Minor League Baseball 2017 League Top 10 Prospects – Midwest League

MIAMI, FL - JULY 09: Bo Bichette
MIAMI, FL - JULY 09: Bo Bichette /
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2. Jesus Sanchez, OF, Tampa Bay Rays

A well-rounded outfielder from the 2014-2015 signing class, the Rays signed Sanchez for just $400K at nearly the end of signing period, then hitting .335/.382/.498 in the DSL in 2015 in his first time hitting as a professional.

Coming state-side, Sanchez was tremendous across two rookie levels in 2016, hitting .329/.351/.549 with 25 extra base hits in 56 games, though he did see his BB/K ratios balloon to a 4% walk rate and 19% strikeout rate. He did hit well this season with Bowling Green, posting a .305/.348/.478 line with 29 doubles, 4 triples, 15 home runs, and 7 stolen bases. He put up a 6.3% walk rate and 17.8% strikeout rate.

Sanchez is a physical specimen that stands 6’3″ and 215 pounds with five tools all above average. His raw power is impressive, definitely plus and perhaps more. His best tool overall is very likely his defense, as he’s a legit plus defender in center field, which is an impressive skill set to have with the power and bat speed he brings to the table.

Sanchez has pushed himself forward as a legit top-50 prospect in the entire game at this point. He’s got some work to do in his pitch recognition to allow him to draw more walks, but he has kept his strikeout rate quite manageable in spite of his developing power.

Sanchez will turn 20 this month and spend the 2018 season opening at high-A. The Rays may move their pitchers one level at a time, but if a hitter pushes his way forward, they are usually willing to allow that player to move up, so if Sanchez keeps hitting like he did this season, he could be in AA by the end of the season.

1. Fernando Tatis, Jr., SS, San Diego Padres

One of the most recognized names of the 2015 class, Tatis carried the name of his slugging father into the signing period before signing for just $700K with the White Sox after being rated roughly 25th-30th in that season’s class. The White Sox traded him to the Padres the next June before he’d had a professional appearance for James Shields.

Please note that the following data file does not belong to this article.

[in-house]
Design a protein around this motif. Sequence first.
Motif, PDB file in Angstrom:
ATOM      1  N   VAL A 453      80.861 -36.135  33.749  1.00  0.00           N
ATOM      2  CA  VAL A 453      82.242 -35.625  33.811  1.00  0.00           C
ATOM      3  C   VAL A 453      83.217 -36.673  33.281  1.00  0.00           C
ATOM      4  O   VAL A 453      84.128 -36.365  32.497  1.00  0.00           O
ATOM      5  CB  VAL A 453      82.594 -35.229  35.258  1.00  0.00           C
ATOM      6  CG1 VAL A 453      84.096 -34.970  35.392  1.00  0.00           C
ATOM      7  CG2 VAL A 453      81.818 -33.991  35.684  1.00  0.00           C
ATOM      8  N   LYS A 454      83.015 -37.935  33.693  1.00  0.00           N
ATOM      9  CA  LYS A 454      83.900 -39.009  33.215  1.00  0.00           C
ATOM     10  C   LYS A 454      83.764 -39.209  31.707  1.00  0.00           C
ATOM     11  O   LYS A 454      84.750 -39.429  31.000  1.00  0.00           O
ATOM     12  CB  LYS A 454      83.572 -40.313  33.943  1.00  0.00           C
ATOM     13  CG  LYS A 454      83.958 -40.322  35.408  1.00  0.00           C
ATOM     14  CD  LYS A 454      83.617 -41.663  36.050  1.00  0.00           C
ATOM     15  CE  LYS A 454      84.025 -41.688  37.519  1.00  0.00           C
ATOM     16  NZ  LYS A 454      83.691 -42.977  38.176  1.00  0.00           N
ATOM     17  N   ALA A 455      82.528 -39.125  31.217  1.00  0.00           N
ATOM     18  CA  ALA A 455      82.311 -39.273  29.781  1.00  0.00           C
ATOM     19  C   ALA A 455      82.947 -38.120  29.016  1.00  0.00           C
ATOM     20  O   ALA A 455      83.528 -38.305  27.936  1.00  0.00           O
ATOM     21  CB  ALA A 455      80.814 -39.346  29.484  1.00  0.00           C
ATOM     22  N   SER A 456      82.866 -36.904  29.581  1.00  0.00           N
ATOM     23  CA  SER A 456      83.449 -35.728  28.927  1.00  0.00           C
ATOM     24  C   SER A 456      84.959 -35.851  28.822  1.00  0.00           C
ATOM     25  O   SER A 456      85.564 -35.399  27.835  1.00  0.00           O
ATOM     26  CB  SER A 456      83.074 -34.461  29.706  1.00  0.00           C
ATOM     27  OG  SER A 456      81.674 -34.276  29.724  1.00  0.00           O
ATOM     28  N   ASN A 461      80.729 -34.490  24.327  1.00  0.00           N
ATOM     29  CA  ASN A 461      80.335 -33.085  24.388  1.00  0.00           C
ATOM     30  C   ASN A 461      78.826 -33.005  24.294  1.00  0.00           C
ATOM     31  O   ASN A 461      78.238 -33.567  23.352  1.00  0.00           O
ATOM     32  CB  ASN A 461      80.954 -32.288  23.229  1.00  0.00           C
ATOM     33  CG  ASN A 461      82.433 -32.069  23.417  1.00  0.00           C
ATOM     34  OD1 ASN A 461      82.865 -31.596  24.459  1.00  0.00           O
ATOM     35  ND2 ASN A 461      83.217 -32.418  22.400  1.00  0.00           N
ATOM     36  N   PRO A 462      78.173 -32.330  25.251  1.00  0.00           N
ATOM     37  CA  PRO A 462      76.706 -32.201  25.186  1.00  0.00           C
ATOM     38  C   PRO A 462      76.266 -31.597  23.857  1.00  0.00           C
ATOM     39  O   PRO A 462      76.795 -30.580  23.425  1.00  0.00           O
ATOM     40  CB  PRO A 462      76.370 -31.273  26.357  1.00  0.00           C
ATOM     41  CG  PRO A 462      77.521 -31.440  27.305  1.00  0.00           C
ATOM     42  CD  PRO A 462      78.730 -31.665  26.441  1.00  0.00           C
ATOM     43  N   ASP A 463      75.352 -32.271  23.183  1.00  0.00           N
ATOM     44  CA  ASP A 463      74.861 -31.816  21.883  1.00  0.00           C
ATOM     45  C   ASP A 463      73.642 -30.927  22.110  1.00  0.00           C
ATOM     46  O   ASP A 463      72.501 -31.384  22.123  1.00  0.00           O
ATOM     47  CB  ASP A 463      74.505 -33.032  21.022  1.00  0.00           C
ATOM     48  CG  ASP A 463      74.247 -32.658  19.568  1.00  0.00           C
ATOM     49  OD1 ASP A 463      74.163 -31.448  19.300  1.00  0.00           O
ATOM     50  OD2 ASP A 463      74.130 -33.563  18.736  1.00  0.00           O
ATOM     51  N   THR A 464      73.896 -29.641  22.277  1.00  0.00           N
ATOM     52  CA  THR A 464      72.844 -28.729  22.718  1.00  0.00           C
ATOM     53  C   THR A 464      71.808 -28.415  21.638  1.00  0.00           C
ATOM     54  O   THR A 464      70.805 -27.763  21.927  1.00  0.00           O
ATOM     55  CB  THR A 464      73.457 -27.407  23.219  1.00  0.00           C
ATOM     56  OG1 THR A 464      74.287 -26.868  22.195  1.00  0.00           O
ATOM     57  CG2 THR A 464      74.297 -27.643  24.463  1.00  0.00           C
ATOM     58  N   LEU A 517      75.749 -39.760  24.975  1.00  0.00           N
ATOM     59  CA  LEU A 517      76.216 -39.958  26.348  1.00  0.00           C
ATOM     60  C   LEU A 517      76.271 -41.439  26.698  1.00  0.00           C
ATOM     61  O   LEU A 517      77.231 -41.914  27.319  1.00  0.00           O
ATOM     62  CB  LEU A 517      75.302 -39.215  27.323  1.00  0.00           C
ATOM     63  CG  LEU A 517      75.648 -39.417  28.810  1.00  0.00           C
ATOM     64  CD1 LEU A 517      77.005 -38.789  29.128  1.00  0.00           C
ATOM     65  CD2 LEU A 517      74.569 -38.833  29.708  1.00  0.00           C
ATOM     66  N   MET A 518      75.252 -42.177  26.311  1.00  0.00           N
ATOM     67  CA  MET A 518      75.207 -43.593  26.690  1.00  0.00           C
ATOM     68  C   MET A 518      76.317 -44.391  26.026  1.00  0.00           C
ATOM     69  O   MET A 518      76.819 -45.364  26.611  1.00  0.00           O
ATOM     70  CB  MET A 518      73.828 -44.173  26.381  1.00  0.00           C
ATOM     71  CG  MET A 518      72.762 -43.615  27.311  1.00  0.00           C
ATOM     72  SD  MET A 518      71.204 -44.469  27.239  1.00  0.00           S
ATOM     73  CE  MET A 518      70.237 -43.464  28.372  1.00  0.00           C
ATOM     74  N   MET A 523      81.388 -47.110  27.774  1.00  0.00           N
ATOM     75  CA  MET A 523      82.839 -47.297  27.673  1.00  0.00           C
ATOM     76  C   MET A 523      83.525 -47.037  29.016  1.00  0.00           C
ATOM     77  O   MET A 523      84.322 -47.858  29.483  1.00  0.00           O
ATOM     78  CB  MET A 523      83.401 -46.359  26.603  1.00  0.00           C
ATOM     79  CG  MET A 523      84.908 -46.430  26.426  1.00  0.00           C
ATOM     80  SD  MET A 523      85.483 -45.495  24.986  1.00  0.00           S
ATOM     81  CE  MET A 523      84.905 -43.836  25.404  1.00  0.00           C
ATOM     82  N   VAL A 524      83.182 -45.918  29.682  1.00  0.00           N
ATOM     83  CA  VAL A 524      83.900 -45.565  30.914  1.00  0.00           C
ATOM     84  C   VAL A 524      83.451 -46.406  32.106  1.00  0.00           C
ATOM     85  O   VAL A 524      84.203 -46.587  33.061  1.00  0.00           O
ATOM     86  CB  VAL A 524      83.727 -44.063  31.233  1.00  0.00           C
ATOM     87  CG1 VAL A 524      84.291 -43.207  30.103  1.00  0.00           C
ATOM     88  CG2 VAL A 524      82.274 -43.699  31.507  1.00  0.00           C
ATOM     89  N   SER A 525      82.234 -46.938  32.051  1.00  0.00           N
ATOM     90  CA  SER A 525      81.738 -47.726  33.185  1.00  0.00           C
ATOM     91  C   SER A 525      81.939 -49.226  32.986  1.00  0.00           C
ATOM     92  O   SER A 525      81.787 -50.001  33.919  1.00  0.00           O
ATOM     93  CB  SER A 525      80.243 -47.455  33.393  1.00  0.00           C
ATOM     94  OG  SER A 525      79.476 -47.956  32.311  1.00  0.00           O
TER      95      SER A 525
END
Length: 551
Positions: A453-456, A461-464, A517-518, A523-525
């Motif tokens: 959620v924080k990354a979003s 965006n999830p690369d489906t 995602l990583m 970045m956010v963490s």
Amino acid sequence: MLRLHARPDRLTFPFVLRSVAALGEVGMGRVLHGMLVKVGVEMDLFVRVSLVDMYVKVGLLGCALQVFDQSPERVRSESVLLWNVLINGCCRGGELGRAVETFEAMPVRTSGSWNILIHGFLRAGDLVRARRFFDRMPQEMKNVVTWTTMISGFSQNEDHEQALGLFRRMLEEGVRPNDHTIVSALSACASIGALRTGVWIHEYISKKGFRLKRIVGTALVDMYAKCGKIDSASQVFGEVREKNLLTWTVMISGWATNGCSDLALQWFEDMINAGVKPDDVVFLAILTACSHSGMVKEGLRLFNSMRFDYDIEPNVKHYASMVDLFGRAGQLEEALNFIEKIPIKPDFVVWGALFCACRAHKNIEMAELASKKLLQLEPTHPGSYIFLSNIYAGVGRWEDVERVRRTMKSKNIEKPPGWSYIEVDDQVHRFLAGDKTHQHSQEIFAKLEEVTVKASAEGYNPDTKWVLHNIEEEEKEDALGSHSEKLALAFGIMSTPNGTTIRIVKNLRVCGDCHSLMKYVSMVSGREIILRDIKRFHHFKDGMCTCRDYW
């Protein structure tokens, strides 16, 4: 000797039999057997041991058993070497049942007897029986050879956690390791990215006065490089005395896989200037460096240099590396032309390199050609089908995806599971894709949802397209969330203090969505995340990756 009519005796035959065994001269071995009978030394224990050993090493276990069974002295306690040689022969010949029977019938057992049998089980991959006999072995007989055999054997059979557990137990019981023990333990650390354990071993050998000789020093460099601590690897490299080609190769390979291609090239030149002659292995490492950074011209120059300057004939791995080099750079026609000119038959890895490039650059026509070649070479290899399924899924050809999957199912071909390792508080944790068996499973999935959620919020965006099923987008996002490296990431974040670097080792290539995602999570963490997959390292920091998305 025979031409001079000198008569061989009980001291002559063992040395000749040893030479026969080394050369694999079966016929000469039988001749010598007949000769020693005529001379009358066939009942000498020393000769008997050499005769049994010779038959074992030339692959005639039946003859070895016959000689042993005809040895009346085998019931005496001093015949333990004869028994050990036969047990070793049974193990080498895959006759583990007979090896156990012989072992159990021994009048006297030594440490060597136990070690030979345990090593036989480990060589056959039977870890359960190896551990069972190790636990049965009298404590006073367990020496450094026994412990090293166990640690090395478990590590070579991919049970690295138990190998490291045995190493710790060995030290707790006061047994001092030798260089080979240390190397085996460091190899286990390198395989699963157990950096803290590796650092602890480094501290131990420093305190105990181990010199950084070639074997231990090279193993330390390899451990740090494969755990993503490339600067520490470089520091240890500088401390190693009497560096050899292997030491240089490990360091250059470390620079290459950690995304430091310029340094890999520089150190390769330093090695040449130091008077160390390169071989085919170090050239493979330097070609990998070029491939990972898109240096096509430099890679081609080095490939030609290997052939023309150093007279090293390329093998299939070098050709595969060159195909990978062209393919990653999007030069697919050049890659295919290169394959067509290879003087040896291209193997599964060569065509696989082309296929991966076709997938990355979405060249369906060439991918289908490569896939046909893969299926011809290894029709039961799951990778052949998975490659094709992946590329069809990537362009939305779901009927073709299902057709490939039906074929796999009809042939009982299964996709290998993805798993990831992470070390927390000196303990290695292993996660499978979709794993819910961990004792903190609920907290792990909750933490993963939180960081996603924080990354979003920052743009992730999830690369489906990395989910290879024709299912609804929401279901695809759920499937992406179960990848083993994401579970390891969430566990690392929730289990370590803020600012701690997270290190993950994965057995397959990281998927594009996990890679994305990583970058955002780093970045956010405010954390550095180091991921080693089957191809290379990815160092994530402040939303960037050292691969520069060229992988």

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Tatis opened the 2016 season with the Padres’ Arizona Rookie League team, showing well before moving up for a quick bust with the short-season A-ball club. Altogether, he hit .273/.311/.432 with 17 doubles, 3 triples, 4 home runs, 15 stolen bases, 5.5% walk rate, and 24.2% strikeout rate over 236 plate appearances. The performance was good for a 17 year-old kid, but nothing that blew anyone away, which is why he wasn’t on any preseason top 100 lists.

That changed during the season, however. Tatis opened the season with Fort Wayne and spent nearly the whole season there before getting a two-week promotion all the way up to AA San Antonio for their playoff run. The jump in level was tough on the 18 year-old, but in his time with the Midwest League saw Tatis put up a .281/.390/.520 line with 26 doubles, 7 triples, 21 home runs, and 29 stolen bases while also posting a 14.5% walk rate and 23.9% strikeout rate.

Tatis has plus power that could even add a tick more. He has incredibly quick actions at the plate, in the field, and on the bases. His overall speed is more average to a tick above-average, in spite of excellent first step quickness, so he likely is going to be a good stolen base guy, but only if he chooses his spots well, which he did get a bit sloppy with this season, as he was caught 15 times in 44 attempts.

Tatis has been thought to grow off of shortstop as he’s 6’3 with a solid frame. However, that explosive first step and plus to double-plus arm allowed him to handle short very well this season. He did make some errors, and there are some questions on his pure hands at the position, especially around the second base bag, which is why he’s considered a possibility to slide over to third base long term. However, for right now, he’s playing a very solid shortstop.

Tatis will likely open with high-A in the Cal League next season, but he’s established himself as one of the top 10-20 prospects in all of baseball.

Next: 2017 Minor League Awards team

Some of the top prospects who didn’t make the minimum time in the league this season included Vladimir Guerrero, Jr., Bo Bichette, Michel Baez, Forrest Whitley, Yordan Alvarez, Dylan Cease, Jon Duplantier, Logan Allen, Keibert Ruiz, Tyler Stephenson, Monte Harrison, Lucius Fox, Jordan Hicks, Pedro Avila, Gregory Soto, Jordan Sheffield, and Kyle Funkhouser. All of those players would have merited consideration for this list, but none had the requisite time for the list.